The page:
Reviews provided by RottenTomatoes
A pretty soap bubble of a movie. It's lovely to look at and calming to watch, but don't try to touch it - it just might pop and vanish, right there in your hand.
This is a project whose elements, from concept to script to casting, refuse to follow the usual formulas, which is good, yet they never quite cohere.
New York Observer:
The pieces of the puzzle don't fit together to form a coherent or satisfying narrative, and all you're left with is a big, dumb 'Huh?'
Wall Street Journal:
I was hot to trot for the exit halfway through, but a dogged sense of duty kept me stuck in an endless present.
Even with a low-wattage pair like Keanu Reeves and Sandra Bullock, the concept is too touching to deny.
Instead of paying attention to the love story, you'll be staring at the capacious holes in the plot. While the premise might seem hard to understand, it's really not. It's just hard to swallow.
As soon as Kate lets drop that her favorite author is Jane Austen and the Nick Drake songs kick in on the soundtrack, you know this movie won't be taking any prisoners. Don't fight it with logic, because you'll lose.
Los Angeles Times:
A chronological brain-teaser confounding enough to keep you busy trying to figure out whether those holes are in the story or in your logic.
The film moves toward a spooky coincidence that canny viewers will predict in the first act. I wish I hadn't; it killed all the film's suspense and much of its dewy seduction.
Christian Science Monitor:
There is a germ of a good idea in the notion that an imaginary suitor can be more powerful than a real one. But director Alejandro Agresti isn't the man to pull it off.
The Lake House swamps its heart-aimed ambitions with too many head- scratching moments.
The Lake House may float your boat if you're starved for romance, but really, love deserves better.
Dallas Morning News:
The joy lies in getting there, with lush visual direction by Alejandro Agresti and appealing performances by Ms. Bullock and her old Speed co-star Keanu Reeves.
Kleenex won't be necessary for watching the wannabe weepy The Lake House, but some sort of pain reliever is essential - because trying to determine whether this time-travel romance functions logically will seriously make your head hurt.
Remember what a fun couple Sandra Bullock and Keanu Reeves were in Speed? Well, forget that.
It may have a nice view, but this is one house with a decidedly shoddy foundation.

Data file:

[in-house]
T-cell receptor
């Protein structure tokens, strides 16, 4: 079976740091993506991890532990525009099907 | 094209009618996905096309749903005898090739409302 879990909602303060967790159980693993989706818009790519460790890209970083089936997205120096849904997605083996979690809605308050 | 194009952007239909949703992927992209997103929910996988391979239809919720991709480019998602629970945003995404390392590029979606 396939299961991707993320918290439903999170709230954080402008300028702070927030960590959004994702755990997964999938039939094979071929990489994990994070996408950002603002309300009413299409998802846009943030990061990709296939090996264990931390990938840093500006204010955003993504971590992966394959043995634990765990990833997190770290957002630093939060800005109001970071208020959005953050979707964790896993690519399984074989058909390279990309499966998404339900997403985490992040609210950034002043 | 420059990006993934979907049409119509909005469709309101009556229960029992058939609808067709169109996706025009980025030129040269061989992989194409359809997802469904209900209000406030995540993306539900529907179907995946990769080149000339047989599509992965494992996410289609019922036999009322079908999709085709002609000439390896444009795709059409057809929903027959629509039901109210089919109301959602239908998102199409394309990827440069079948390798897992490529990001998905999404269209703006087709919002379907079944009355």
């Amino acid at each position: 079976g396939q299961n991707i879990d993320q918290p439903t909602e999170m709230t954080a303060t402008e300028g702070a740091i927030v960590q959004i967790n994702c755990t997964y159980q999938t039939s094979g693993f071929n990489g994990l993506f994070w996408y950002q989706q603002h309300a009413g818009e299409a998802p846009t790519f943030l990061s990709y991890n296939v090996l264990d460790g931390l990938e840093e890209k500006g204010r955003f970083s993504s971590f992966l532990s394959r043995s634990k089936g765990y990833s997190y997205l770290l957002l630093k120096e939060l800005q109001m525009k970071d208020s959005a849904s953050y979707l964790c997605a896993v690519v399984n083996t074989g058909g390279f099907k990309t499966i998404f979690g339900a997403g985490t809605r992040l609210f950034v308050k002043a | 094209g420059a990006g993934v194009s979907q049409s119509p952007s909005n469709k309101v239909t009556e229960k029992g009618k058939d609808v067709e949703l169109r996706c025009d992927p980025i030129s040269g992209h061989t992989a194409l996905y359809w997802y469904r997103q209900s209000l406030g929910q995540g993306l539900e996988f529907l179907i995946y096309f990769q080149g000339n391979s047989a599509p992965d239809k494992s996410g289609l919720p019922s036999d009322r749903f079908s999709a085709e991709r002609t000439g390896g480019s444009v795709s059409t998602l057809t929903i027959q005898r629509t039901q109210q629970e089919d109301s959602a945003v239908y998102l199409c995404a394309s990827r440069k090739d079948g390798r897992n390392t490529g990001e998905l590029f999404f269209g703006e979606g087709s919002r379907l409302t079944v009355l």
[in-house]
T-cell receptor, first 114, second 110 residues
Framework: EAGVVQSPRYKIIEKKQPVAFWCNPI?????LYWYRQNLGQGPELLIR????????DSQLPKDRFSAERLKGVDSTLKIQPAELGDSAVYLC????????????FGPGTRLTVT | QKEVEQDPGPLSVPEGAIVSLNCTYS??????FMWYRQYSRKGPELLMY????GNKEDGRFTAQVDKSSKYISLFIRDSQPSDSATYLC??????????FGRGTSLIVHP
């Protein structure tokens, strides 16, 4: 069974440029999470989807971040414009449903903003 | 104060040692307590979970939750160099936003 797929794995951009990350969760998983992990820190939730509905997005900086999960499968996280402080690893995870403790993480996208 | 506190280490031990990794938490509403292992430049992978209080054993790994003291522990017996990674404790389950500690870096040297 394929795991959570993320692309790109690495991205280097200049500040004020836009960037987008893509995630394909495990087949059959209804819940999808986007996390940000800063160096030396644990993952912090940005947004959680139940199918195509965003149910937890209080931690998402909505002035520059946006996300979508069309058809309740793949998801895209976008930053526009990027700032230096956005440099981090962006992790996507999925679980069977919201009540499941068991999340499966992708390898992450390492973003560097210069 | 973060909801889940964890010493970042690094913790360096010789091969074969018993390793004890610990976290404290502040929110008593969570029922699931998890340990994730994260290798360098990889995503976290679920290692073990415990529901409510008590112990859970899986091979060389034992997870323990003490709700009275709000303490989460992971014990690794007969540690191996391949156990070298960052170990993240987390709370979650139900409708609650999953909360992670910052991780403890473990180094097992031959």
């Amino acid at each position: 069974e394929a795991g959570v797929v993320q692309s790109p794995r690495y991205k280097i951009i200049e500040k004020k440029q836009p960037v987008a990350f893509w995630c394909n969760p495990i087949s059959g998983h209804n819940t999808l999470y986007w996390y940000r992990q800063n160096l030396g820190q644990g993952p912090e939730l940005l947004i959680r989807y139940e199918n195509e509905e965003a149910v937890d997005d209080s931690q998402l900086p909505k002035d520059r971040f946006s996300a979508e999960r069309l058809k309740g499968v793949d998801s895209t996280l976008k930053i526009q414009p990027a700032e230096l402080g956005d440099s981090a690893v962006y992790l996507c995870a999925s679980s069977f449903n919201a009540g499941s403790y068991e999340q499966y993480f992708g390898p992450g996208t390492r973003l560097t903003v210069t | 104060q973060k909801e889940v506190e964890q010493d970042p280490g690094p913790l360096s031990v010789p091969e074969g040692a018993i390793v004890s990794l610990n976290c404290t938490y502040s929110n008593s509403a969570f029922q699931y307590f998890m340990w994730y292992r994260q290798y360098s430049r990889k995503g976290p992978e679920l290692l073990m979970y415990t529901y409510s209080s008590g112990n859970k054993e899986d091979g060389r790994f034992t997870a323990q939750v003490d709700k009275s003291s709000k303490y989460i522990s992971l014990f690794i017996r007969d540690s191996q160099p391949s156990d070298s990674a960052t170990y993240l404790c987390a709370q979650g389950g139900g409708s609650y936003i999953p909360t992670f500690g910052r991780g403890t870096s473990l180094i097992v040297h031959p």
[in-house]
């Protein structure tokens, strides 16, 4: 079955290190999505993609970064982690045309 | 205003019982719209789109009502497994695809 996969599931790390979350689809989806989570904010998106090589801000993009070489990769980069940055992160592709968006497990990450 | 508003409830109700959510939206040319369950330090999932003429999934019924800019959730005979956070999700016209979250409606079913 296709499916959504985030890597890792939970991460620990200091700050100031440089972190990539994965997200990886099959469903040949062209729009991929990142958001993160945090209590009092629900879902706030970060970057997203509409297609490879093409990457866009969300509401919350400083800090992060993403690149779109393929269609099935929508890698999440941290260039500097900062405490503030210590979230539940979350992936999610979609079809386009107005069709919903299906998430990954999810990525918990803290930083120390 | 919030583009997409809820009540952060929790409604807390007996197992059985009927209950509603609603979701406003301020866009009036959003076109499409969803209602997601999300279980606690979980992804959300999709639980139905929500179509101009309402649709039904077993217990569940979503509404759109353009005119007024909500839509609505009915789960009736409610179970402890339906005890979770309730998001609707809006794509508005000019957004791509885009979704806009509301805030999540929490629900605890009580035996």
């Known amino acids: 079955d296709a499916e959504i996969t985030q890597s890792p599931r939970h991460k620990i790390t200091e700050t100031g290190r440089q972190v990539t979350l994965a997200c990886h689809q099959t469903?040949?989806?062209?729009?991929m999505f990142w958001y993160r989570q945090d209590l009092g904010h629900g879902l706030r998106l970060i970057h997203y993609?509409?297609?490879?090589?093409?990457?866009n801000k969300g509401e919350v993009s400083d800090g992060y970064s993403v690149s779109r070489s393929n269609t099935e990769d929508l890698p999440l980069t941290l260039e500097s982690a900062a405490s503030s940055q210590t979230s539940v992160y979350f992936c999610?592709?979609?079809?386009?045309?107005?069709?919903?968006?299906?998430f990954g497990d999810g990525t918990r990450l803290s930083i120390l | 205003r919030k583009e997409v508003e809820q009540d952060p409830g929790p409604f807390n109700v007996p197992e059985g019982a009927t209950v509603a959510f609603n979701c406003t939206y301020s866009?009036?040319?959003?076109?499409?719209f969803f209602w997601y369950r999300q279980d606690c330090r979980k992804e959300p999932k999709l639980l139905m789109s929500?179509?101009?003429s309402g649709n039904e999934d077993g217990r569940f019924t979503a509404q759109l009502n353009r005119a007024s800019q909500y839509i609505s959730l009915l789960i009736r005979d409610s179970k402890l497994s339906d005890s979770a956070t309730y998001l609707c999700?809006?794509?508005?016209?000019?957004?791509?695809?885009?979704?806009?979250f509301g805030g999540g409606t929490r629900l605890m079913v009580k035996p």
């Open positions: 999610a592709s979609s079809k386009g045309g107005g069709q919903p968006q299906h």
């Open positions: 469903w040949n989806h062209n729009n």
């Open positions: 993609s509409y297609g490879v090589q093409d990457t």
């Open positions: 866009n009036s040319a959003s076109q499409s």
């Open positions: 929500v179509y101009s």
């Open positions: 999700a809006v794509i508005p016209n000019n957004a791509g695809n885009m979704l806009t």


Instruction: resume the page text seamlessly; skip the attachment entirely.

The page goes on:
Somehow, one thinks, your tear ducts will come away from this without incident.
New York Magazine/Vulture:
Those wishing to suppress real-life traumas may submit to the deliriously stupid romantic time-travel drama The Lake House -- I did and had a jolly time.
New York Daily News:
The time-warp romantic fantasy The Lake House is a puzzle that is maddeningly obtuse, emotionally overstretched and virtually absent a sense of interior logic.
New York Observer:
I have always felt that both Ms. Bullock's patented expressions of anguish and Mr. Reeves' stoical minimalism have been somewhat underrated.
Even for those who buy into the basic ideas, there are credibility gaps that The Lake House cannot surmount. And for those who attempt to apply logic to this movie, everything will come crashing down like a poorly balanced house of cards.
Enough of the plot and its paradoxes. What I respond to in the movie is its fundamental romantic impulse. It makes us hope these two people will somehow meet.
I couldn't spoil the plot if I wanted to, since I have no idea how it all ties together.
San Francisco Chronicle:
It's a delicate, hyper-romantic atmosphere, pensive and steeped in longing, that covers over the story's inconsistencies -- or at least offers enough distraction to make us not care.
Globe and Mail:
We also know the last time Keanu and Sandra shared the screen together. That was yesterday and Speed. This is today and Snail. I'm not betting on a tomorrow.
There's only one answer to this epistolary screen romance: Return to Sender.
The Lake House demands a serious suspension of disbelief, but if you accept it as a romantic bit of nonsense, it has its pleasures.
The Lake House is one of the more befuddling movies of recent years. The premise makes no sense, no matter how you turn it around in your head.
[The Lake House is] for profundity through multiple story levels that aren't fully realized.
Watching it is like being force-fed cotton candy laced with Xanax (or vice versa).
The Lake House has the sensibility of something conceived by Stephen King after an overdose of chocolate-covered cherries and valentine cards.